Fuller’s new approach to preaching caught on. No sermon was complete until the Gospel had been explained and a fervent invitation made. His passion outweighing his oratorical skill, Fuller used every possible “means” to progress the Gospel forward for the salvation of the lost. (125) As the distinction between clergy and laity diminished, Fuller brought more and more people to embrace the Great Commission. As founding secretary of the Baptist Missionary Society, Fuller agreed to “hold the rope” for William Carey as he left for India. For Fuller, doctrine drove practice. Soteriology drove missiology. Battling Sandemanians, Socinians, and Deists, Fuller’s apology for the integrity of the Gospel is of great modern application for pastor-theologians today.
As Brewster’s subtitle suggests, the aim of the work is to provide a model for pastors and theologians alike. The author certainly accomplishes this. He does so by providing a thorough canvas of Fuller’s soteriology and ministerial practice: “A pastor-theologian cannot hope to expound fully the doctrines of the Christian religion apart from a fervent and ongoing personal walk with God.” (54) This is as true for Fuller as it is for the reader. Thus Brewster’s account of Fuller is as much narrative as it is analysis. The author chronicles Fuller’s transitions from Soham to Kettering, from High Calvinism to Evangelicalism Calvinism, from Gill and Brine to Bunyan and Taylor, from the first edition of A Gospel Worthy to the second, from one “spiritual friendship” to another, and so on. With each stage of ministry, Brewster increasingly presents Fuller as a pastor-theologian translating soteriology into missiology.
Brewster’s perspective of that soteriology is particularly Baptist in his own right. The author is the pastor of a Southern Baptist church in Madison, Indiana. He is also a church historian with a doctoral degree from Southeastern Baptist Theological Seminary. In fact, Brewster twice quotes R. Albert Mohler, Jr., President of the Southern Baptist Theological Seminary, in summarizing the duty of the reader as well as Fuller himself. In his concluding remarks, Brewster cites Mohler: “Every pastor is called to be a theologian.” (171) The author also cites Mohler in explaining Fuller’s task of “theological triage.” (8) From these two instances it could be sufficiently said that the author views the role of the pastor (including Fuller and his audience) through a particularly Baptist lens. Therefore Baptist soteriology is a familiar friend of Brewster’s.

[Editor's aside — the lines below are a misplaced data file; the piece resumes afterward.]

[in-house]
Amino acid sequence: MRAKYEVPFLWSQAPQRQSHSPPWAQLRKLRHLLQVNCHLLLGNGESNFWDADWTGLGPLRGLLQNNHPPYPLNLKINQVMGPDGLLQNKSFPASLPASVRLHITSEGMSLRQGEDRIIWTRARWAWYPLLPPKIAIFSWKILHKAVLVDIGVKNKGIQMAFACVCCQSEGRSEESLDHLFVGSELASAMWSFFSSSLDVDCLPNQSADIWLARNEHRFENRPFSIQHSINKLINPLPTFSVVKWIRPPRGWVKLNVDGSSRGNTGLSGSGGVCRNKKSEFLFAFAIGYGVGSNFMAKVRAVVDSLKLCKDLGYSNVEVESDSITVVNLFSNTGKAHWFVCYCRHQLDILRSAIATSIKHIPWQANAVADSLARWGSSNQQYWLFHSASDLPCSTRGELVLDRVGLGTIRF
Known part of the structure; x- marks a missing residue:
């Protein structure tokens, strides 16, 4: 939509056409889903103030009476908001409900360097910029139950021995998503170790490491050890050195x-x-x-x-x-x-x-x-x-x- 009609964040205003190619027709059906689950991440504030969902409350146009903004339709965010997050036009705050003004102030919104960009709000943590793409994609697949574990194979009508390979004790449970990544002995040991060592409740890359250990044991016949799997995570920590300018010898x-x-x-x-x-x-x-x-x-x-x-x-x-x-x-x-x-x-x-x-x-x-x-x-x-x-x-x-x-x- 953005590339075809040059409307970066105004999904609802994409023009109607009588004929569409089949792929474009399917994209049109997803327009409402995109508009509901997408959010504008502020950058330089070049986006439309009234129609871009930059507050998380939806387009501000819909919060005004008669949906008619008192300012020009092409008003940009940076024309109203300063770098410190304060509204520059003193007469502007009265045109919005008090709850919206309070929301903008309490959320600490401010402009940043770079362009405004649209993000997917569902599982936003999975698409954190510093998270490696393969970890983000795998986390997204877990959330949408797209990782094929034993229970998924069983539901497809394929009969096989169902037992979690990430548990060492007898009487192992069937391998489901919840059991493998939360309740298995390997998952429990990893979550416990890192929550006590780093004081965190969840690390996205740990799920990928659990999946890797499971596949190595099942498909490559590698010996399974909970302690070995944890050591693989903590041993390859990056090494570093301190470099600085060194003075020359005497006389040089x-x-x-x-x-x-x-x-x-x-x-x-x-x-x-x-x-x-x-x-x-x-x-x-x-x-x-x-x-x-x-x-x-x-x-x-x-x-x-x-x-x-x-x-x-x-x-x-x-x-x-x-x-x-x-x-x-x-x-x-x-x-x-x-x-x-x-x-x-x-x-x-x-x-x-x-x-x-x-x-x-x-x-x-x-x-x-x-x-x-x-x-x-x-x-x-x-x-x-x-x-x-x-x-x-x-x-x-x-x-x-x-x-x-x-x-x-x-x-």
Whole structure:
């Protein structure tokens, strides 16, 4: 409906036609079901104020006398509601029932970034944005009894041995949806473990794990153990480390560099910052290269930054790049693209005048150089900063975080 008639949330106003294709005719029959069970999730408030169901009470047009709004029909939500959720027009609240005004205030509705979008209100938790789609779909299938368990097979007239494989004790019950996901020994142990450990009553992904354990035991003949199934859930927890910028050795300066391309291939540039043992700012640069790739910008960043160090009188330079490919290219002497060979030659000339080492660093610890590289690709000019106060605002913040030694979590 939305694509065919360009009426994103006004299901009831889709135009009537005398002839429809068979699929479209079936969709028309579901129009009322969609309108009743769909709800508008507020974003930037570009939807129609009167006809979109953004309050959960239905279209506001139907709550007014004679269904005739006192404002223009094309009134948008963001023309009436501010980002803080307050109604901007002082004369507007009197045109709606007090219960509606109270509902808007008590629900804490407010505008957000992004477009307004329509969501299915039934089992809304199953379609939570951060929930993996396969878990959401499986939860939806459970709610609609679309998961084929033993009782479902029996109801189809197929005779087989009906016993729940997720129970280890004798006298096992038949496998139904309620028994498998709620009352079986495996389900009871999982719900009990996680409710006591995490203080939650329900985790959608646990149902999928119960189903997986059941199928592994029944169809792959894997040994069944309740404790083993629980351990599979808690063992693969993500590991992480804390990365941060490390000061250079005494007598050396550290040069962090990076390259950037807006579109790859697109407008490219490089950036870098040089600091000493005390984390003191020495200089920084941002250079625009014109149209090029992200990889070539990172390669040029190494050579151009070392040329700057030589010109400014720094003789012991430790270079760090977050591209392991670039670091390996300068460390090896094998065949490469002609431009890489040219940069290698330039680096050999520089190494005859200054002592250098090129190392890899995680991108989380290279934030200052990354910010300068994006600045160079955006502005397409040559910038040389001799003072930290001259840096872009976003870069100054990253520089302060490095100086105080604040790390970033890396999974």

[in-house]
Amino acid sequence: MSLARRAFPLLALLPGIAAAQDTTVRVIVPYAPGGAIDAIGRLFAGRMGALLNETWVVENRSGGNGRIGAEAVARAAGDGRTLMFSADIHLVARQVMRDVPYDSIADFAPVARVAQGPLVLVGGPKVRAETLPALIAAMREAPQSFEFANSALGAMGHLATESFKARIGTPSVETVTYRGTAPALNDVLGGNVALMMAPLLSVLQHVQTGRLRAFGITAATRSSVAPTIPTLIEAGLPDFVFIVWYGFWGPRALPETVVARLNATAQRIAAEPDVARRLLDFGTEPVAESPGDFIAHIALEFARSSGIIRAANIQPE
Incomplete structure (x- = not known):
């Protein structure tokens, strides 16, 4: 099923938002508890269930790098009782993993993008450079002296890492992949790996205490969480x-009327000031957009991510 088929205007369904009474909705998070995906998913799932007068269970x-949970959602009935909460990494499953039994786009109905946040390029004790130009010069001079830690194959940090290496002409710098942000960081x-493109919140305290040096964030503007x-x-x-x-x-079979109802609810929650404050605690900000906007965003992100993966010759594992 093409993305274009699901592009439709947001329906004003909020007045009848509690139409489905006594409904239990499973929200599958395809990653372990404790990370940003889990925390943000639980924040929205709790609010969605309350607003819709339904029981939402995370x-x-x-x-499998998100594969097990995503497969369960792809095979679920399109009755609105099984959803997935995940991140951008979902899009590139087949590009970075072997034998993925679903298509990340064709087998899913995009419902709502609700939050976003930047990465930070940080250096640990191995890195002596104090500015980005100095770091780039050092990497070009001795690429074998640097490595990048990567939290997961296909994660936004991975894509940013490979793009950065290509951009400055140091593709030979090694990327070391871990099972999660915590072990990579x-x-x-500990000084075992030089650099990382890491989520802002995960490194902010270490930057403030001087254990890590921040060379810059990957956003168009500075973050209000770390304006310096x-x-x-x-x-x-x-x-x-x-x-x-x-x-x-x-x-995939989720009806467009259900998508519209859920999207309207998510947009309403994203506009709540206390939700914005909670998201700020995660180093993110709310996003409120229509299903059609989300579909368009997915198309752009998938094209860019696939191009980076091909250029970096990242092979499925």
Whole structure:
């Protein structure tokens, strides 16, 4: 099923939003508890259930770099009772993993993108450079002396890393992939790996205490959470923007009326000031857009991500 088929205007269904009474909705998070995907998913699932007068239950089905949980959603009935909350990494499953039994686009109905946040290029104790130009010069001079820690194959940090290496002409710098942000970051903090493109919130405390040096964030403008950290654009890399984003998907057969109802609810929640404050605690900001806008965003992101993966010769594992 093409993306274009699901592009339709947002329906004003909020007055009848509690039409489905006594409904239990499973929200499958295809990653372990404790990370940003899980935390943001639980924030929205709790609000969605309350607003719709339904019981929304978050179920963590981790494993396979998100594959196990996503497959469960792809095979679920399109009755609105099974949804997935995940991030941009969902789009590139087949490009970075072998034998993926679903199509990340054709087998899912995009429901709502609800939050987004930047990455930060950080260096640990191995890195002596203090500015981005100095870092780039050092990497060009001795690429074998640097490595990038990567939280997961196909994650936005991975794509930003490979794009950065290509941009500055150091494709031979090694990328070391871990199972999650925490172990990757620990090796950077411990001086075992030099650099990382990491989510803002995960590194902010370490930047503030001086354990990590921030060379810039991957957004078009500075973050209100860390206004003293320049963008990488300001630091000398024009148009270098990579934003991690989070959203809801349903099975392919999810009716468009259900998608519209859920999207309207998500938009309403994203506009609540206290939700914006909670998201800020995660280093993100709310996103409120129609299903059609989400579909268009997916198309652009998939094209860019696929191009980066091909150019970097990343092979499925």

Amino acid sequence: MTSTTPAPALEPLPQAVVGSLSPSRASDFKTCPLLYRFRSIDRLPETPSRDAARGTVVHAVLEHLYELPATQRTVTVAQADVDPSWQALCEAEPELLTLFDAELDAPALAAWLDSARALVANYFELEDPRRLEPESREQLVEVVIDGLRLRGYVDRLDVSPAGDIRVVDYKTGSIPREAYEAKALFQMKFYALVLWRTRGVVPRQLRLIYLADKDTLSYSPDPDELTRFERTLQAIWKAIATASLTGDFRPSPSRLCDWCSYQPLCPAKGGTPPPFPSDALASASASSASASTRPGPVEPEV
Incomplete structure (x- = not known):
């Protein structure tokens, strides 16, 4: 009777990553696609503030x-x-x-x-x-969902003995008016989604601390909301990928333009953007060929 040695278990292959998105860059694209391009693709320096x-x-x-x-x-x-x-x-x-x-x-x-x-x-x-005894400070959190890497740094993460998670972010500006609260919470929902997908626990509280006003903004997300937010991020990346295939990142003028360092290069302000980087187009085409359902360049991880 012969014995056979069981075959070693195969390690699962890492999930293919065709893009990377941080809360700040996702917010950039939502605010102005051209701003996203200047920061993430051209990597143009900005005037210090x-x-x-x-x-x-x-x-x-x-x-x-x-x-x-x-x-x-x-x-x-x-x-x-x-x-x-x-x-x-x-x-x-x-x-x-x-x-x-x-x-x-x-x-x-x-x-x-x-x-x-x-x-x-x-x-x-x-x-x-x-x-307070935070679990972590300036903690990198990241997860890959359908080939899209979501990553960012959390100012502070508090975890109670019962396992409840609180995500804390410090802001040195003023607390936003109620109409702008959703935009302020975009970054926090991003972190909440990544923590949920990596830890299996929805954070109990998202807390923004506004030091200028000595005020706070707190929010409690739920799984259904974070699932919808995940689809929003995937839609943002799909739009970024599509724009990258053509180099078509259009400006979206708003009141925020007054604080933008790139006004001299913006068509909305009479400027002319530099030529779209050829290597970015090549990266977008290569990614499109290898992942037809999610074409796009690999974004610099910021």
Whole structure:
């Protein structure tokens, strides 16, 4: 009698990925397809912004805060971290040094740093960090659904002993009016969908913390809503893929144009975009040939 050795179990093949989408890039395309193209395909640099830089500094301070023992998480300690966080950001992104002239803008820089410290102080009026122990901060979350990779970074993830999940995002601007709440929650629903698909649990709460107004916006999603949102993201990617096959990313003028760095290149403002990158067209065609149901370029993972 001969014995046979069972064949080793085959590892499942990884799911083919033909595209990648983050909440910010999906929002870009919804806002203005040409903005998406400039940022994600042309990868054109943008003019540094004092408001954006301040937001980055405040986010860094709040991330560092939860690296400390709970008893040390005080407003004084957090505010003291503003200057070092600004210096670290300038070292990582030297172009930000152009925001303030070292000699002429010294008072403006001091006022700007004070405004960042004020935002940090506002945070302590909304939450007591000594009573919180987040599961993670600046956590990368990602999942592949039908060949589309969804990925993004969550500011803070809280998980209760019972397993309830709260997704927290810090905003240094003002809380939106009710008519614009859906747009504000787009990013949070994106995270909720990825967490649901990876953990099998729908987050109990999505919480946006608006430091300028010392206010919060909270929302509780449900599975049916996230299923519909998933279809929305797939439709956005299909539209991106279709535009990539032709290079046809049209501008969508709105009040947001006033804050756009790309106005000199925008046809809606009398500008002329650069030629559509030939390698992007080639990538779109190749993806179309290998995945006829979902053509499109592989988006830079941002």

Several strengths of this work make it a valued part of any Andrew Fuller study. Specifically, Brewster proves equitable in his presentation of differing views on pre-Fuller England. While some contend that High Calvinism was rampant throughout Particular Baptists, others do not agree and Brewster presents these arguments also. The author is also keen to agree with Hayden that Fuller was not “birthed in a vacuum” and should not be treated without due consideration to his heterogeneous context. (68) Likewise, the author also agrees with Tom Nettles that John Gill was not solely to blame for the infiltration of High Calvinism into English Particular Baptists during the eighteenth-century. This proves a wise and discerning insight on the part of the author. Still, against those who would contend that most Particular Baptists in Fuller’s day were not High Calvinists, Fuller goes straight to the source: Fuller himself. (70)
One weakness of Brewster’s work comes from a strength. In helpfully clarifying the meaning of “High Calvinism,” he uses it interchangeably with “hyper-Calvinism” (10), claiming that Fuller himself did so. But where are these instances? (1) For many, the two are not interchangeable. (2) And because of that, it would be helpful if Brewster had provided an example or context to his statement that Fuller used the two interchangeably. Of the quotations cited from Fuller concerning “hyper-Calvinism,” the phrase “High Calvinism” is nowhere to be found. For a word so commonly used throughout the book, more diligence in explaining these terms would be helpful. Brewster, however, does well to distance so-called “5-point Calvinism” from “hyper-Calvinism.” (177)
I would recommend this pastoral presentation of Fuller’s ministry to any Christian eager to study Andrew Fuller. Whether they be pastor or layman, the reader can profit greatly from Andrew Fuller: Model Pastor-Theologian. Brewster’s ability to present Fuller’s transition from High Calvinism to evangelical Calvinism, simultaneously with his transitions through life, creates a usable lens through which to view Fuller the pastor-theologian.
The tension in Fuller’s career and marriage that Brewster highlights in the conclusion is particularly relevant to his portrait of the man. (161) After displaying the pastor/secretary/theologian in such a balanced manner, the author is cognizant of the personal struggles behind these “professional” successes. Thus even in discussing Fuller’s imbalance, the author maintains a balanced portrait of his subject. Brewster hands his readers a realistically helpful model for pastor-theologians navigating through the traverses of life and ministry.